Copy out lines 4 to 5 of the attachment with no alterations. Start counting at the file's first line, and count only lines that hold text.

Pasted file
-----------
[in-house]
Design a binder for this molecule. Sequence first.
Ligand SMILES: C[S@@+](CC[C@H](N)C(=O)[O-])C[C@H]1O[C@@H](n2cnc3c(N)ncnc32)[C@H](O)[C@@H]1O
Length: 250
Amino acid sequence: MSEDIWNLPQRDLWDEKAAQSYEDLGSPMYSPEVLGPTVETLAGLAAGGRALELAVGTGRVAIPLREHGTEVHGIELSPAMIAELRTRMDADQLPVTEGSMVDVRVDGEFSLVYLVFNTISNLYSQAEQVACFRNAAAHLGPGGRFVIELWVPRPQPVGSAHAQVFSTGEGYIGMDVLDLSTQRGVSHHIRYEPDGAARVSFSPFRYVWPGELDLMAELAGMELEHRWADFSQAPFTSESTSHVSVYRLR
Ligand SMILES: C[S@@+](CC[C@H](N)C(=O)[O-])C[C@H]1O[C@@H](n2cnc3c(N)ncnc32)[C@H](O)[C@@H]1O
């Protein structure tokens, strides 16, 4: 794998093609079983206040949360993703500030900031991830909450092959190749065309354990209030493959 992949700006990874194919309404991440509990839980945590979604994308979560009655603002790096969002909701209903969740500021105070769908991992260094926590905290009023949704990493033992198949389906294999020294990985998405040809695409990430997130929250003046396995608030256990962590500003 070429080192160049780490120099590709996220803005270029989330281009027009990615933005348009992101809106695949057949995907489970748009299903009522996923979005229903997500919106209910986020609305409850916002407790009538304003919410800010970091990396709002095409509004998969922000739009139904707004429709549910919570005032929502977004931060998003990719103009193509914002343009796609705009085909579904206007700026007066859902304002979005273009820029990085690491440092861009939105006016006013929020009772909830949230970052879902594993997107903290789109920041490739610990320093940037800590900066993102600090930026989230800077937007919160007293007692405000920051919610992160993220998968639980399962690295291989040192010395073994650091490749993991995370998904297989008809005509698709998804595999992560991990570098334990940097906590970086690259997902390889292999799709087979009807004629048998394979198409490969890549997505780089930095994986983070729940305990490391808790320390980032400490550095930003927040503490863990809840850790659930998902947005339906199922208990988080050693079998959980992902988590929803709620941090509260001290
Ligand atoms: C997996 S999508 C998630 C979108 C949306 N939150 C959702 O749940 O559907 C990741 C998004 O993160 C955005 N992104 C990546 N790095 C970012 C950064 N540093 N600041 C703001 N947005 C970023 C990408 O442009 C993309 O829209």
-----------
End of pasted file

Length: 250
Amino acid sequence: MSEDIWNLPQRDLWDEKAAQSYEDLGSPMYSPEVLGPTVETLAGLAAGGRALELAVGTGRVAIPLREHGTEVHGIELSPAMIAELRTRMDADQLPVTEGSMVDVRVDGEFSLVYLVFNTISNLYSQAEQVACFRNAAAHLGPGGRFVIELWVPRPQPVGSAHAQVFSTGEGYIGMDVLDLSTQRGVSHHIRYEPDGAARVSFSPFRYVWPGELDLMAELAGMELEHRWADFSQAPFTSESTSHVSVYRLR